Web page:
Downsides? The preload is not very easy to adjust. Not a deal-breaker for me. I usually set it once. I split the difference between solo and with Mrs. Lemmy on the back, and call it a day. The other downside is the cost. These retail for about nine hundred bones. These are not your ordinary $200 shocks. After mulling it over, I think that’s a good thing. This bike will definitely see more mileage this year due to these improvements.

Bike: 2013 Honda XR650L

Parts added: Pro Taper SE CR High Bend handlebar, Pro Taper Trials grips.

Riding my Big Red Pig, I noticed fairly early on that I either have arms that are too short, bars that are too low, or pegs that sit too high. When I’m out of the saddle, I feel like I either have to bend uncomfortably or use my fingertips to control the bars. So I installed a set of Pro Taper SE (Seven-Eighths, get it?) bars on there.

XR Bars
OK, now I have comfy bars and grips. I guess I need to come up with a new excuse for why I am not riding it enough. Photo by Lemmy.

The CR High Bends are just a touch taller than stock and have a little less sweep. They come with a nifty-looking crossbar brace, too, so I look like I actually ride off-road like a boss. (I don’t.) When I installed these, everything was “normal,” including filing the locating pegs out of the control clamshells. I capped them off with a set of very grippy, very thin Trials grips. Verdict? Better. A teeny little bit more rise was what I needed, and also what I got. Would I like them to be higher? Yeah, I would take another inch, but I also don’t feel like replacing lines and cables and wiring, oh my. The grips are killer. If I don’t wear through them too fast, those might be a new go-to grip: the feel coming through them is really good.

Bike: 2013 Kawasaki Z1000

Parts added: Yuasa AGM battery, CRG Arrow mirrors, Vance & Hines Urban Brawler exhaust.

Full shot
Please ignore the mess. And if anyone asks, I am bolting parts to my personal bike in the ZLA Video Compound for, um, work. Photo by Lemmy.

This beautiful Z1000 became a winter project because of the generosity of my little brother, who got tired of it and gave it to me instead of selling it (like I advised him to do). It’s in mint shape, and had a thick layer of dust on it when I picked it up. The battery was deader than disco. I don’t believe in trying to “save” batteries — what you save by not buying a battery you’ll spend later on beer and gas for your buddy who had to come get you with the truck. In went a new Yuasa AGM. Yuasa is my battery “rock.” I know they work well and are fairly priced. In essence, I can fill the battery, charge it, install it, and forget about it for years, as long as I do my part and keep it on a tender. Someone will have to make a pretty big battery improvement before I stop using Yuasas.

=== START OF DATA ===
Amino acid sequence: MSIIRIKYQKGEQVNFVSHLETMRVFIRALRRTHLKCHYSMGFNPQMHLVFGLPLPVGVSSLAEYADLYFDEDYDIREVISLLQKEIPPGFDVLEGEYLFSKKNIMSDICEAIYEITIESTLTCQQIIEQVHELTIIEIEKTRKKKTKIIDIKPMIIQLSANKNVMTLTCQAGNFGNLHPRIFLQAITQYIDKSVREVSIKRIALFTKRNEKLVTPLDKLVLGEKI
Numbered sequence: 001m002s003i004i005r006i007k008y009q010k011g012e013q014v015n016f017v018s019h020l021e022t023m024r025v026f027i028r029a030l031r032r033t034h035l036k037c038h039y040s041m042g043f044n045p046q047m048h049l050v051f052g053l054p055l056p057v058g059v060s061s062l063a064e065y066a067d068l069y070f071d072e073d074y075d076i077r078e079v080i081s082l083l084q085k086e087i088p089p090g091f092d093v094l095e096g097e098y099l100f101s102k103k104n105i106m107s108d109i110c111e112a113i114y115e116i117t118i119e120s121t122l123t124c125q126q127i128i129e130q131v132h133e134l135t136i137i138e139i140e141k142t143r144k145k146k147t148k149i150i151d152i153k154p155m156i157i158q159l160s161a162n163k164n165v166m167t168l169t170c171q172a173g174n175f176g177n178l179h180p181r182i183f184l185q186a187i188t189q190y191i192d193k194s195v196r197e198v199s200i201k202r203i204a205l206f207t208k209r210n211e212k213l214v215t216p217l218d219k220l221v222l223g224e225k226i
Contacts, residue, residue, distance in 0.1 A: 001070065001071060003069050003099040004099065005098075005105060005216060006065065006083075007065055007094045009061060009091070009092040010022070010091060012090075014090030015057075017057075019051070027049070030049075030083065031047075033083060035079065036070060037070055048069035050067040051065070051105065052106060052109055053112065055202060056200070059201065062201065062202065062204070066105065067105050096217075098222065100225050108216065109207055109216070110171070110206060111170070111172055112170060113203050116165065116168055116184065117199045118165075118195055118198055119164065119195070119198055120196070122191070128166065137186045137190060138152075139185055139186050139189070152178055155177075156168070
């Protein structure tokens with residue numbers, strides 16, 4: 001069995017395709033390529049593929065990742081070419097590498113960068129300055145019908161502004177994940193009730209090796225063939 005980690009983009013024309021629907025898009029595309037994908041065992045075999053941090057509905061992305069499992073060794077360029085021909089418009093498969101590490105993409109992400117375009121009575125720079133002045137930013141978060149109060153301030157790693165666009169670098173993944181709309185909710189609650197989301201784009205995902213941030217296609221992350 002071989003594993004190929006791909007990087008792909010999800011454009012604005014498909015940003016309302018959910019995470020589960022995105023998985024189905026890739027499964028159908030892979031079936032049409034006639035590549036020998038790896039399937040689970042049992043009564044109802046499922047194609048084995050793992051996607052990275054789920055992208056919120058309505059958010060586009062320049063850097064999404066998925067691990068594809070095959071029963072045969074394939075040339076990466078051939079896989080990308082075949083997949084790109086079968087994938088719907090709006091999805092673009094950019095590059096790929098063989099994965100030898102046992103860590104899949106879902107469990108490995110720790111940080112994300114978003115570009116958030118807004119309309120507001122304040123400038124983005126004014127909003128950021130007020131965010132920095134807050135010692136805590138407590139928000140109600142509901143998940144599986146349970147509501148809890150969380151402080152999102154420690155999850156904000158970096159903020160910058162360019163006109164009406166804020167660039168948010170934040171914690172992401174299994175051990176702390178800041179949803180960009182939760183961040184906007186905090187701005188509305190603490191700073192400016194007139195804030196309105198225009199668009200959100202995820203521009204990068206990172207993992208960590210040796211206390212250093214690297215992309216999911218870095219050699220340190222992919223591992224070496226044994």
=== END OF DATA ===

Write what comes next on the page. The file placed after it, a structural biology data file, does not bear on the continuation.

Here you can see my shiny new Yuasa, with backup hardware still attached, just in case. Also, note the exhaust valve servo that's been unhooked. (Foreshadowing!) Photo by Lemmy.

My little bro hung a pair of CRG bar-end mirrors on a set of Rhinomoto combination slider/mirror-mounts. Both are killer products.The machining is top-notch on the CRG mirrors and visibility is very good. They didn't work the way I wanted, however. I could not get the mirrors to flip up or down enough to safely split with them. So I disassembled them, removed the detents and put them back together with some synthetic grease. Now they function as I want them to. 

Brawler Closeup
Stainless, sexy, and loud enough to melt Lance's visor and face off when he was riding behind me. Photo by Lemmy.
I have mixed feelings about the Urban Brawlers. I love the look. They have that sexy Brutale appearance. The stainless finish is killer. The install was easy, and the fit was phenomenal. They even included a different bolt for the exhaust shield hardware. However, they are loud. Really, really loud. That’s because they’re open pipes. These are basically drag pipes for sport bikes.

The Zed is an expensive bike to buy exhaust for because of the dual mufflers, and part of what lured me to the V&H was the price. However, these are really nothing more than very nice exhaust turndowns with a bracket attached. There is an optional baffle kit, but it’s another $150, which brings this system into the price realm of the competition. I’m actually making my own baffle system to quiet these babies down. I would be incensed if these pipes weren’t so mean-looking.

That rounded out my winter. Well, I started putting a front end together for a short chop, too. It turned out awesome. I just have to buy a frame, engine, trans, primary, wheel, and all the little stuff...

What did you work on this winter?